Conrad Tao Is Reshaping the Image of the Piano Virtuoso for the 21st Century

Conrad Tao

His name hasn’t changed, but mentally splicing the 23-year-old Conrad Tao with the child prodigy who first came before the general public more than a decade ago is likely to make you do a double take.

In 2004, Tao appeared for the first time on the long-running NPR series From the Top, which spotlights young musicians. Could this ten-year-old, who was joined by a fellow prodigy to play his own Sonata for Two Pianos, really be the same person who conceived the electro-acoustic concerto An Adjustment for piano and iPad (commissioned by the Chamber Orchestra of Philadelphia in 2015)? The latter combines Tao’s keyboard artistry with an electronic soundscape—all interwoven into exchanges with the orchestra. Philadelphia Inquirer critic Peter Dobrin praised this multilayered work, which encompasses the composer’s experiences with depression, for integrating “in the most imaginative way the current style of spiritual post-Romanticism and ’90s techno club music.”

A pianist and composer whose default setting is to seek out innovation, Tao has gotten used to reactions of surprise by those previously unaware of his precocious background. “I’ve discovered that a lot of people don’t know what my age is, especially older colleagues” says Tao, a Steinway Artist since 2013. “That’s been a nice development. When I was sixteen or seventeen, all I wanted to do was shed that label and get rid of the p–word.”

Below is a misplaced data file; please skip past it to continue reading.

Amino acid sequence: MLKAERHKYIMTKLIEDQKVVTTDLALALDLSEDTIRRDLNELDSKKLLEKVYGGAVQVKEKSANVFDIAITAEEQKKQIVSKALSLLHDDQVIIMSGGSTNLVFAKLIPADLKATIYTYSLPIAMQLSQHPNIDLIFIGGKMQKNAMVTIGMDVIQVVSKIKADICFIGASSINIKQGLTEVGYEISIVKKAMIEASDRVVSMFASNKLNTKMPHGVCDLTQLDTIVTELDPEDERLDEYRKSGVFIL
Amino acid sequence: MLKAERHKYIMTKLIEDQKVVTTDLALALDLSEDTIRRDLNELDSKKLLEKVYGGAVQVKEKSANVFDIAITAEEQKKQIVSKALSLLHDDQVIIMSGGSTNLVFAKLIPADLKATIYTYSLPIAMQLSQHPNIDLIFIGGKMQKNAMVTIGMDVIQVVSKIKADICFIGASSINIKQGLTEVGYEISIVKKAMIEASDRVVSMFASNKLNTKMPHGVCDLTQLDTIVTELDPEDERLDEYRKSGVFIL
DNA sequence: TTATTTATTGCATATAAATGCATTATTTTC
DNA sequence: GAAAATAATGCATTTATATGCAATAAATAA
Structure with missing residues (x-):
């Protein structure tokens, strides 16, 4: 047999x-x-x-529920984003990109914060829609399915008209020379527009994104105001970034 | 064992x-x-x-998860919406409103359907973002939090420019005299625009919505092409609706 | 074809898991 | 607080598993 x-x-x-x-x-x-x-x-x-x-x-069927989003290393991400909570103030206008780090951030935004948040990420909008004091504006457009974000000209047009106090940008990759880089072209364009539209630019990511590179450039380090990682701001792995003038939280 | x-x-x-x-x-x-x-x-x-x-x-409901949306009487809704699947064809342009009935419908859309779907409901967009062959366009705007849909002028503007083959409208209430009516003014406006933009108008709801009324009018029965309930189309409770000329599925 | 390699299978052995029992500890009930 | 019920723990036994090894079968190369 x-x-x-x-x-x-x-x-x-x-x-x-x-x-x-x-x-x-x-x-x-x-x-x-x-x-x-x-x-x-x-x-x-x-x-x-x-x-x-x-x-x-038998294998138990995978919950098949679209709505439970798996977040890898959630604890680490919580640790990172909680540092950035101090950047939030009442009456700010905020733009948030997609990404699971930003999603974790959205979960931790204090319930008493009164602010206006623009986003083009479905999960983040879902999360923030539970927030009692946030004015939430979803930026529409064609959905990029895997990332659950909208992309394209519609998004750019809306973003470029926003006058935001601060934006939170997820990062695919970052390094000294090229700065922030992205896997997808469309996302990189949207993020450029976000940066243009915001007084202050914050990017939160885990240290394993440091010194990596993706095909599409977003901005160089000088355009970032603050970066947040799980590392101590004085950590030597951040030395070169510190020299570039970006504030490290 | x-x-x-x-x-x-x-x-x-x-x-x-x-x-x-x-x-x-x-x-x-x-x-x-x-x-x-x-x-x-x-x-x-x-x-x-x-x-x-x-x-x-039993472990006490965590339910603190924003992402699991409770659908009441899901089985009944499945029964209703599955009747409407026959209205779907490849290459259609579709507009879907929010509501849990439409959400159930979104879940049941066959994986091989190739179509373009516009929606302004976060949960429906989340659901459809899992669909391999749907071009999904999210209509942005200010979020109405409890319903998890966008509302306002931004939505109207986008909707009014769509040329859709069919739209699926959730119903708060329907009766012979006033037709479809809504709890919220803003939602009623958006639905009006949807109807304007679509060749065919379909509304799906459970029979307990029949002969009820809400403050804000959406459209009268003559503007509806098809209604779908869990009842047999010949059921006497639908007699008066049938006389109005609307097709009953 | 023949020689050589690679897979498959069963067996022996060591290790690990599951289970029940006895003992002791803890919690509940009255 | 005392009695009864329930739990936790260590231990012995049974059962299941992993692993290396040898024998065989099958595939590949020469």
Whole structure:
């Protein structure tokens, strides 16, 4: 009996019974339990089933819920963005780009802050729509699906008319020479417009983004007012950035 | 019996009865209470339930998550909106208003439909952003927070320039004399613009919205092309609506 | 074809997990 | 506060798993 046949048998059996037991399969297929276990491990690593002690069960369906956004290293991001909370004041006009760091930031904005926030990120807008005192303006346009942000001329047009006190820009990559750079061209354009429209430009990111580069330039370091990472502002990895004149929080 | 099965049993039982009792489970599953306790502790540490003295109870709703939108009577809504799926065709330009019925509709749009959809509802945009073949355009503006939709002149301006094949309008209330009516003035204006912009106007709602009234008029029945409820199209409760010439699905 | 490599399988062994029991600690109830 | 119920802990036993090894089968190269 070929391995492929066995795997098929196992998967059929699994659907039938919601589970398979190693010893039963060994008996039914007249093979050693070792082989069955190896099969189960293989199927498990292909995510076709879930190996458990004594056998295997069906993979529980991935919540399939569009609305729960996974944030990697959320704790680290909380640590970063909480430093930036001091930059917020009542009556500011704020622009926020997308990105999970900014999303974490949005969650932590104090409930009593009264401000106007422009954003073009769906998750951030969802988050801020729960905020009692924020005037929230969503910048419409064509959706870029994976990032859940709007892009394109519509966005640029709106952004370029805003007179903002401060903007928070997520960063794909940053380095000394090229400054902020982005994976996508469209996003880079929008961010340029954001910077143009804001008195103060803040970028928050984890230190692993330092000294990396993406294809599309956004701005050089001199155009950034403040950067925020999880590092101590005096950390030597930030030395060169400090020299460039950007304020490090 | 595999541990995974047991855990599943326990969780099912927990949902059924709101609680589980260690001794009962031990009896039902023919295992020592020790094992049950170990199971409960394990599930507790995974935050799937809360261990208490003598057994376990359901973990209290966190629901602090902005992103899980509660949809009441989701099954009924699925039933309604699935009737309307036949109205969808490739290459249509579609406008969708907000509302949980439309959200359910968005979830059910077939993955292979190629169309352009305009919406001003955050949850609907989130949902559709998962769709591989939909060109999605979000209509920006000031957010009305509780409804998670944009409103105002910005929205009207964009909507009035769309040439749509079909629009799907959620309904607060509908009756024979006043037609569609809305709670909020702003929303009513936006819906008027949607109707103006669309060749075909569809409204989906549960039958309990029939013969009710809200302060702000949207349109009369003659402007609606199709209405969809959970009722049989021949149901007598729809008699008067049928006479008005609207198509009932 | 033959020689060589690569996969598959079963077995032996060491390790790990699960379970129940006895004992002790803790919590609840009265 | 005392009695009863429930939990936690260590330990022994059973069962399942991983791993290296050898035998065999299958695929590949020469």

In Das Wunderkind (1903), one of his early stories, Thomas Mann memorably captured the subtly oppressive constraints that accompany the prodigy phenomenon — the performance is as much about the observers as the observed. The story, in which Mann dramatizes a piano recital by his eight-year-old child protagonist, Bibi Saccellaphylaccas, shows how prodigies can become screens onto which we project our own often comically divergent preoccupations. Before he dives into the “inviting ocean” of his music, Bibi theatrically acknowledges his audience: “A breathless stillness reigned in the room—the tense moment before the first note came….”
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